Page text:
Tomorrow it will have been 20 years since the murder of toddler James Bulger. Rob Allen reflects on the tragic case and its implications for criminal justice in the UK. He argues that the rapidity with which policy was made in the face of a national outcry holds important lessons for contemporary policy makers, particularly in relation to the Government’s controversial plans to effectively dismantle the national probation service.
This week marks the 20th anniversary of the murder of toddler James Bulger by two ten year old schoolboys in Liverpool. Among its many consequences, what then shadow Home Secretary Tony Blair called “hammer blows struck against the sleeping conscience of the country” are widely agreed to have ushered in a much harsher climate of public opinion on crime.
Whatever its wider impact, the tragedy provides important lessons about the dangers of precipitate policy-making, not least perhaps for the present government’s plans to revolutionise the probation system. Three weeks after the murder, Home Secretary Kenneth Clarke announced to parliament that he would introduce a new custodial sentence, the Secure Training Order to deal with the ‘menace to the community’ created by 12-15 year old persistent juvenile offenders. The orders were to be served in new institutions to be provided through agreements with public, voluntary or private organisations that could demonstrate the ability to meet the required standards and give value for money. They would be different from anything that had ever been provided before.
Working on secondment in the Home Office at the time, I well remember a conversation with junior minister Michael Jack during one of a series of visits to existing secure accommodation, hastily arranged to inform the implementation of the new policy. ‘I wish’ he said – or words to this effect – ‘that we had seen all this before we had made the announcement’. I can imagine Junior Minister Jeremy Wright saying much the same to his advisers as they troop around the Probation services his boss has pledged to dismantle. As with STCs, the introduction of payment by results and privatisation is being introduced on the basis of almost no research and in the teeth of professional hostility.
What was the result of all this rushed policy-making back in 1993? First while the policy was quick to announce, implementation was anything but and in a sense, short lived to boot. The first STC did not open until April 1998. Two years after that, Secure Training Orders were effectively scrapped, folded into a unified custodial sentence. Second, despite this, decisions made in 1993 have served fundamentally to reshape the juvenile custodial sector. Three further STCs were subsequently opened, despite much of the original justification for their creation being lost in the mists of time. As one consequence, the number of places in local authority Secure Children’s Homes has fallen by a third since 2000. Unit costs have proved somewhat cheaper than the Secure Children’s homes but the STCs’ chequered history hardly justifies Clarke’s promise that they would be different from what went before. Third, despite the potential role for public, voluntary or private organisations in running the new system, it is the private sector that has run them all.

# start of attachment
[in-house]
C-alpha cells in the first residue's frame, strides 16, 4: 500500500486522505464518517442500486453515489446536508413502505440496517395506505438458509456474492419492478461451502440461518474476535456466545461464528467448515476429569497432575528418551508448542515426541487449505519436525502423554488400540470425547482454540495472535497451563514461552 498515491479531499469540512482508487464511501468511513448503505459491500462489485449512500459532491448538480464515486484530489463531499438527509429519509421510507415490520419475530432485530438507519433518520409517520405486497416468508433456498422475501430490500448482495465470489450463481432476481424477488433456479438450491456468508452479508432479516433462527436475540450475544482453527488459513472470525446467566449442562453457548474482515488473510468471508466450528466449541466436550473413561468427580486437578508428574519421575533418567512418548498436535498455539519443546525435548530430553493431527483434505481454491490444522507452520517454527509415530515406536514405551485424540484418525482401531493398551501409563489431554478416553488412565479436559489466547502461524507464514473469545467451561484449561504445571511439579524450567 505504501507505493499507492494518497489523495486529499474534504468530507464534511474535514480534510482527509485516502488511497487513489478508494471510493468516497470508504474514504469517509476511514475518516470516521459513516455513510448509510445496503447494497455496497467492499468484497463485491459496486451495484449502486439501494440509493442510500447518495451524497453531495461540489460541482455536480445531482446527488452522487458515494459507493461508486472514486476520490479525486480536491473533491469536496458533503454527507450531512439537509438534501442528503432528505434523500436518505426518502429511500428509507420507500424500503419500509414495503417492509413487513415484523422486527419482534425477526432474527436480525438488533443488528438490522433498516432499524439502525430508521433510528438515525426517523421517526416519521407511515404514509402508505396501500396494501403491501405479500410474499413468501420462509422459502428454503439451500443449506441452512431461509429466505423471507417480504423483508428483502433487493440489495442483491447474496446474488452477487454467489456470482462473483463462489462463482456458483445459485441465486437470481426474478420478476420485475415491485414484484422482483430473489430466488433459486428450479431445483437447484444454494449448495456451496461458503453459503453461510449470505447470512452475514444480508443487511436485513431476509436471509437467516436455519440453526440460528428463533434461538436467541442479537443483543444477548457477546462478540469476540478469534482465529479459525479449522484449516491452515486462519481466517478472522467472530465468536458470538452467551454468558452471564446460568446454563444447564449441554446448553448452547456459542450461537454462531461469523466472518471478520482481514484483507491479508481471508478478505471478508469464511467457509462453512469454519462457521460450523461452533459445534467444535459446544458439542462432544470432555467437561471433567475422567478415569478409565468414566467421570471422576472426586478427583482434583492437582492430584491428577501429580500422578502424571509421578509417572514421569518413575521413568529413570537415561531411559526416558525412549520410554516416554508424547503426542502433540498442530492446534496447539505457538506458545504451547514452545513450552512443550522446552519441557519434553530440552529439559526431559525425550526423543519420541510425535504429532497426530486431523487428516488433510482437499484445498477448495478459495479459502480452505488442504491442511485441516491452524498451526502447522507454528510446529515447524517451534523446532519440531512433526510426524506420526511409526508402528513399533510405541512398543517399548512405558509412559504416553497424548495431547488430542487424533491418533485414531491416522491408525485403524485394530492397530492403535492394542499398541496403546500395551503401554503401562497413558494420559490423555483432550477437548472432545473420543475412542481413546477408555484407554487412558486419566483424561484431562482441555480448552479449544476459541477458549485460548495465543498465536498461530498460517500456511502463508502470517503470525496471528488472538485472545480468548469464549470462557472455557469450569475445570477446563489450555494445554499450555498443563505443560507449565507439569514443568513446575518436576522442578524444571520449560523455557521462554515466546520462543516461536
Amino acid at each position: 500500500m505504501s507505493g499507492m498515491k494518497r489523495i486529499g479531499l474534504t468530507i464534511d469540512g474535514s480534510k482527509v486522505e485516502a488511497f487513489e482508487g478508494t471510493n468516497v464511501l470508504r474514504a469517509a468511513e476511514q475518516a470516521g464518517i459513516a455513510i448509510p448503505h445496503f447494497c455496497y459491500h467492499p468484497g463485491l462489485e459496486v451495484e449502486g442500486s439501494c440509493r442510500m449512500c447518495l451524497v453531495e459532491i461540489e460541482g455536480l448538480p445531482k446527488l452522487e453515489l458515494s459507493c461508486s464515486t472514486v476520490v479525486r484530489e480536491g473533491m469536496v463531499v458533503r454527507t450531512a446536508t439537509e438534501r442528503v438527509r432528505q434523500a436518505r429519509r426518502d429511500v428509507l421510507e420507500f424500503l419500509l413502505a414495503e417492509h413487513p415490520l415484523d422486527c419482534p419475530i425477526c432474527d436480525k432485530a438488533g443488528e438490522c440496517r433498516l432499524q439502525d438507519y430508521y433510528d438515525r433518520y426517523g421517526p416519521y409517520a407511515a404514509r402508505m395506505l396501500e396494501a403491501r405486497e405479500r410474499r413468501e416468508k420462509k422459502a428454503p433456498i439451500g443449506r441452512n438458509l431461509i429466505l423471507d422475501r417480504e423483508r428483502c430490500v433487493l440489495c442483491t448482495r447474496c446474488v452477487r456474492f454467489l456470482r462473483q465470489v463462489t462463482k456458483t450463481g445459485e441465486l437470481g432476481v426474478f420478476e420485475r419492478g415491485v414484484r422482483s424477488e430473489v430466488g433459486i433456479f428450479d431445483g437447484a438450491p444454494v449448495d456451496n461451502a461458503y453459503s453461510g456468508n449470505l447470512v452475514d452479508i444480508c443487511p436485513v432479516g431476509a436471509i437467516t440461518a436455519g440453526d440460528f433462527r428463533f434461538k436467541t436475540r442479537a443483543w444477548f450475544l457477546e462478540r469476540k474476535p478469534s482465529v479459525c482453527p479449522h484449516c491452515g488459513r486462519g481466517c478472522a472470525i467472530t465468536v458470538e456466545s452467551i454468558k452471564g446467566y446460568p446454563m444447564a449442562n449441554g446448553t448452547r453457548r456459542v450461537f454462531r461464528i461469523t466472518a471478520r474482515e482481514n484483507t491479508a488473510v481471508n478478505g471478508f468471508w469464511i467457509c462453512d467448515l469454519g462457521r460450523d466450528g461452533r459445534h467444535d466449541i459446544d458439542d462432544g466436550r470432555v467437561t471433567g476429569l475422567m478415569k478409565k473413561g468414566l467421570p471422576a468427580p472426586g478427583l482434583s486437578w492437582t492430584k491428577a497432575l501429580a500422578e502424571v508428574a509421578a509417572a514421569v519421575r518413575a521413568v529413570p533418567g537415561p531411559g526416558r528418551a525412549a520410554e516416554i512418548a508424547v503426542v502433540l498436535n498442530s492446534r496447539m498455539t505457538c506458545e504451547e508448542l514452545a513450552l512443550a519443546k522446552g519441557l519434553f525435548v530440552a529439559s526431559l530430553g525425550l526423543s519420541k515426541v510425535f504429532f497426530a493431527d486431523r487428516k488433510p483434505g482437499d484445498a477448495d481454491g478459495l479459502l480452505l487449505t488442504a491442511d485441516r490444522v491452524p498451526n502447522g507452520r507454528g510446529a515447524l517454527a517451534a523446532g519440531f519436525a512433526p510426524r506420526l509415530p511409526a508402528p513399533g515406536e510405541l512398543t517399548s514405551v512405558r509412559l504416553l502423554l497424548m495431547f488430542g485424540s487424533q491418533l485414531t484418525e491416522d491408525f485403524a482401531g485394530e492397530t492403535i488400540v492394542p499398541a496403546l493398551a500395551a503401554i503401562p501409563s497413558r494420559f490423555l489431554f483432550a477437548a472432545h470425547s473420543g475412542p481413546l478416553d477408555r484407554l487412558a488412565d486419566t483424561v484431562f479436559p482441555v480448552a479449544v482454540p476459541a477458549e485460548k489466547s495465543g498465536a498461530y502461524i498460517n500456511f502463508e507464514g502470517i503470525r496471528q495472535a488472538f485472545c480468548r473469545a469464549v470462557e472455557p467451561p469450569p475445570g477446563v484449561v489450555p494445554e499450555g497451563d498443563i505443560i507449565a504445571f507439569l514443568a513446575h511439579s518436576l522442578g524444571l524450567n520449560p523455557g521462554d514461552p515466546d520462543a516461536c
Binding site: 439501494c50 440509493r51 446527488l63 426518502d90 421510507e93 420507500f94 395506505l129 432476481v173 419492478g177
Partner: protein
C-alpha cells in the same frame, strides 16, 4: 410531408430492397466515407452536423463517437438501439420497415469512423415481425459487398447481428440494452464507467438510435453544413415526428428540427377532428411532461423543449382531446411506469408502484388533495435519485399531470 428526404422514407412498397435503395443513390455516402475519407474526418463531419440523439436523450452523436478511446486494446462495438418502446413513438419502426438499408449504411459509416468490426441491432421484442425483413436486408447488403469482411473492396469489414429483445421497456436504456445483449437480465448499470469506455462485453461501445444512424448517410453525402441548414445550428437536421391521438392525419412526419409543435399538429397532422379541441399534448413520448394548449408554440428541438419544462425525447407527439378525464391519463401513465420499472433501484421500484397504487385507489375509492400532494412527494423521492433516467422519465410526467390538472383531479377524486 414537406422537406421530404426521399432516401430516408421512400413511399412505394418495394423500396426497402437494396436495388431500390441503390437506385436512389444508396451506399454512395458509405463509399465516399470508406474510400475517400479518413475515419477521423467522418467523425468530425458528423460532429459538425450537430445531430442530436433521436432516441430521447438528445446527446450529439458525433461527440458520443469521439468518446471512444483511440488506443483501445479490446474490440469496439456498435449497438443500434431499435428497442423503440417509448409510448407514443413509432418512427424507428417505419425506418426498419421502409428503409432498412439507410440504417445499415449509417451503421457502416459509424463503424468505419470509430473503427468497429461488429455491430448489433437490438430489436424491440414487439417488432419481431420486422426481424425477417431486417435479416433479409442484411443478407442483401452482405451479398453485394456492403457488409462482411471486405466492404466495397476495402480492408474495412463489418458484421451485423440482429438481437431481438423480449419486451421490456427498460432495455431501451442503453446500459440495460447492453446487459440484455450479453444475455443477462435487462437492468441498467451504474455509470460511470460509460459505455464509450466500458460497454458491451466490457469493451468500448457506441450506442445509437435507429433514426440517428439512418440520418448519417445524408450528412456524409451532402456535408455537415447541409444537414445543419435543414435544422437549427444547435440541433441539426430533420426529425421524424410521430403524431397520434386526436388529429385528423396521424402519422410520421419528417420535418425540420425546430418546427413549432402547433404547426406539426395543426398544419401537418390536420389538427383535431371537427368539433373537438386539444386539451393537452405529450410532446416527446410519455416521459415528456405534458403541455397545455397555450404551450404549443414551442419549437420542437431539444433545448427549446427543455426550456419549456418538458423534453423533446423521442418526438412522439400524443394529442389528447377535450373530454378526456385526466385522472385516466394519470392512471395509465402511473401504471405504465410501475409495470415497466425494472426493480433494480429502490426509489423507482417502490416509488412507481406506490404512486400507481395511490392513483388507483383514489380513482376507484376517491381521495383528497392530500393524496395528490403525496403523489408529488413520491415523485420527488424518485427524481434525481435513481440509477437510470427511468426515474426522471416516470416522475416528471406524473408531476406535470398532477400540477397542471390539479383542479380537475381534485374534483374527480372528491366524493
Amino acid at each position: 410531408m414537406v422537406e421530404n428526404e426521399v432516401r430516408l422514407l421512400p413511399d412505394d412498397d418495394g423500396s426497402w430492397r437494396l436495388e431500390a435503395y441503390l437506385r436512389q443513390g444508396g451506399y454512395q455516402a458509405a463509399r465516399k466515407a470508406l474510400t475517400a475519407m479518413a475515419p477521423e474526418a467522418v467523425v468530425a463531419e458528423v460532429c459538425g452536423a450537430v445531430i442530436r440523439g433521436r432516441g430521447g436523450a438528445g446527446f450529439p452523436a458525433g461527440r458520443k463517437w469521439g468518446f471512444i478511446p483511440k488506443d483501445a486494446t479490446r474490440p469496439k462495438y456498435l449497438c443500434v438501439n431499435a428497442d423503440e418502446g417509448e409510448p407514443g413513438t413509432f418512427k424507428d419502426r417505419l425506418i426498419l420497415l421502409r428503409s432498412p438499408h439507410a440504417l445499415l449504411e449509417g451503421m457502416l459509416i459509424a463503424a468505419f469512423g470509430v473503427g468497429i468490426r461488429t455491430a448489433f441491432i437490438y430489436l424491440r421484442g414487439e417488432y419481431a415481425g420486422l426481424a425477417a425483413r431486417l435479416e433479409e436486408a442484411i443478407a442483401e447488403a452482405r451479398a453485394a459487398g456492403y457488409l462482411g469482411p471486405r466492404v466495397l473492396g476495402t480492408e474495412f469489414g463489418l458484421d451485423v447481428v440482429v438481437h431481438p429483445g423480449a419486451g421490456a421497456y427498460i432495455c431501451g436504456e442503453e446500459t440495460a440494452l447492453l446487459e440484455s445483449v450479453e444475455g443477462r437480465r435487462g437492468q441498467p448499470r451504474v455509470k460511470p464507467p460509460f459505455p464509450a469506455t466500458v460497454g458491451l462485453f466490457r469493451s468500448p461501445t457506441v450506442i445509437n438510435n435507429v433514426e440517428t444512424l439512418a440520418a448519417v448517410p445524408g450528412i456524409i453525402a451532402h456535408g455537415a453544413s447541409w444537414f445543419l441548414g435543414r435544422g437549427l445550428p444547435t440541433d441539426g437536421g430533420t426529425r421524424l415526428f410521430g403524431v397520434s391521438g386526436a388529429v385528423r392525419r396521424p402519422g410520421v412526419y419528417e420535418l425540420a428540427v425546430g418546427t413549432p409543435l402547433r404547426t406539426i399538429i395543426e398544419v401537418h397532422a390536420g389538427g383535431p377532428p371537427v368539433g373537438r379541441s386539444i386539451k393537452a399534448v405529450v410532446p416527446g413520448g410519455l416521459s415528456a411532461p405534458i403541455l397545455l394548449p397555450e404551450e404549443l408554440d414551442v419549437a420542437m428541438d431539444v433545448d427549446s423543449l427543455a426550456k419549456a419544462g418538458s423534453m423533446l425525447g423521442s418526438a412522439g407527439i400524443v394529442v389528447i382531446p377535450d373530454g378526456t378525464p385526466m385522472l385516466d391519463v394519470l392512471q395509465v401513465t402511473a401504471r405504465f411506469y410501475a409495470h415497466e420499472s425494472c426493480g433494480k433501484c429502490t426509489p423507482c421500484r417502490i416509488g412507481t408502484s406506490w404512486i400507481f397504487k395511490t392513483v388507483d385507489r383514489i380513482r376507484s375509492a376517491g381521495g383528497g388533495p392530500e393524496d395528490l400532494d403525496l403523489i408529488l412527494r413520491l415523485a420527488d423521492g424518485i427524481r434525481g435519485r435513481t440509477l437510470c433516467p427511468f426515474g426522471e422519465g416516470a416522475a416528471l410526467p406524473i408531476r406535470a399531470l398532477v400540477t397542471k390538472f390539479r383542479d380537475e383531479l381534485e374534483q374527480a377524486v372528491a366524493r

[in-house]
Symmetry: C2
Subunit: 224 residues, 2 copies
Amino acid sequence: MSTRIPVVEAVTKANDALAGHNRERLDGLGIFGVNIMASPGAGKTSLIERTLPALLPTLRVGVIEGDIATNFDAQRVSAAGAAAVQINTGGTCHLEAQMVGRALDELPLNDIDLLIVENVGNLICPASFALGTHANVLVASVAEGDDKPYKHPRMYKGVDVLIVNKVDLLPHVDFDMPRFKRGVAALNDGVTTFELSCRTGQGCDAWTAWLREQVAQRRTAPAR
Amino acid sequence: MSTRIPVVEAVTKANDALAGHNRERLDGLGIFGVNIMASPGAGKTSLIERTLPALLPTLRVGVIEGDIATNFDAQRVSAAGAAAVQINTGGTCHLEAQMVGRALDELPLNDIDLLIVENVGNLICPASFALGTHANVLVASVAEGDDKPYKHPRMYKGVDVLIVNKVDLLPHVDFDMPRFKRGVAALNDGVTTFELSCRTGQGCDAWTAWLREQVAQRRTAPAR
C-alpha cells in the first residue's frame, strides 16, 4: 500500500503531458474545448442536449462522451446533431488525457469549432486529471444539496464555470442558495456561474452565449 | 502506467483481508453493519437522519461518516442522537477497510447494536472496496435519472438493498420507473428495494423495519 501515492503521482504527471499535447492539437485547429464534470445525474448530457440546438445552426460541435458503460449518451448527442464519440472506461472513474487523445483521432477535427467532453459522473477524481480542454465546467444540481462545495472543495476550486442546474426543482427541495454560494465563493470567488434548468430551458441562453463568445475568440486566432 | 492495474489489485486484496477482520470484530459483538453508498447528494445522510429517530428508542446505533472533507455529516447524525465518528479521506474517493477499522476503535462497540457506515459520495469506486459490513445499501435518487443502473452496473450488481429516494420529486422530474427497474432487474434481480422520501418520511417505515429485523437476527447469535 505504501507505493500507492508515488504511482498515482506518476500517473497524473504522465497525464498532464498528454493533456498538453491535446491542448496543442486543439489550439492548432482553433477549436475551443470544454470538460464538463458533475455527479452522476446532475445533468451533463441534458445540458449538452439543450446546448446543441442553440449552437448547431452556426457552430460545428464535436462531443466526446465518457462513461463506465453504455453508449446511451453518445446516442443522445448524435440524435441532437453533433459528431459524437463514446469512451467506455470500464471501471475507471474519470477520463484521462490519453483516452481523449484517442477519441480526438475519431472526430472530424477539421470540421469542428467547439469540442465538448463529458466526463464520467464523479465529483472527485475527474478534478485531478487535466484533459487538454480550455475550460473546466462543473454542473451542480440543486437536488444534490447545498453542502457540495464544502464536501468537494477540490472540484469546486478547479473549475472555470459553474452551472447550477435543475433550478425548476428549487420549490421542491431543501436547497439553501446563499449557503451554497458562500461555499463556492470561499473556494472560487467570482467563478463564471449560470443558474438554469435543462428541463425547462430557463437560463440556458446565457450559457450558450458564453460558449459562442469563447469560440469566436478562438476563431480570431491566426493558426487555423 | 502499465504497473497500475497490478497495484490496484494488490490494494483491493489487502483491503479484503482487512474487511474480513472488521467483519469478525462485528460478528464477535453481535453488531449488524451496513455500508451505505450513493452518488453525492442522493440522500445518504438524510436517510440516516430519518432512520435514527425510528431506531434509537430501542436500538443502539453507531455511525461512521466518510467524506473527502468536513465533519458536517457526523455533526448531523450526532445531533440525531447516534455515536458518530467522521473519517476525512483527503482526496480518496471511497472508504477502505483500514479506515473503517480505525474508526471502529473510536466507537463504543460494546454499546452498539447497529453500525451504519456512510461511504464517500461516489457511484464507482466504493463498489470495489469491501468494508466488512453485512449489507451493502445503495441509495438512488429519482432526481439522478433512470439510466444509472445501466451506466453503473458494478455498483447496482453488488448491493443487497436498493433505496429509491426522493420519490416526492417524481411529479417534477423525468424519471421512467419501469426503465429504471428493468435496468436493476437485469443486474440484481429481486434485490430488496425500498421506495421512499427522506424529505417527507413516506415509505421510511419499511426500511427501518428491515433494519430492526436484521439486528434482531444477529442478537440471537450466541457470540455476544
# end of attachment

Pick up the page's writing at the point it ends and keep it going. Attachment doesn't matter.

Are there lessons here for the current probation plans? One may be that political opposition cannot be relied upon to last. In 1993, Blair described it as insane to set up STCs at the same time as local authorities were having to close some of their facilities for disturbed young people. The insanity is in fact what happened under the government he came to lead. As a member of the Youth Justice Board from 1998 I have to accept my share of responsibility too.
Given the far reaching nature of the probation proposals, there is a strong case for some kind of pause that goes beyond the short consultation which ends this month. What about a Probation Futures panel that could look objectively at the very serious concerns that have been raised during the consultation? Had such a body been able to give serious and impartial consideration to government plans in 1993, the history of custody for juveniles might have been very different.
This post was originally published on Reforming Prisons.
Note: This article gives the views of the author, and not the position of the British Politics and Policy blog, nor of the London School of Economics. Please read our comments policy before posting.
Rob Allen works on prison reform in the UK and internationally. From 2005 to 2010 he was director of the International Centre for Prison Studies (ICPS) at King’s College London, undertaking research on imprisonment and assisting prison systems to comply with international standards. He has undertaken prison reform work in Africa, Latin America and Asia.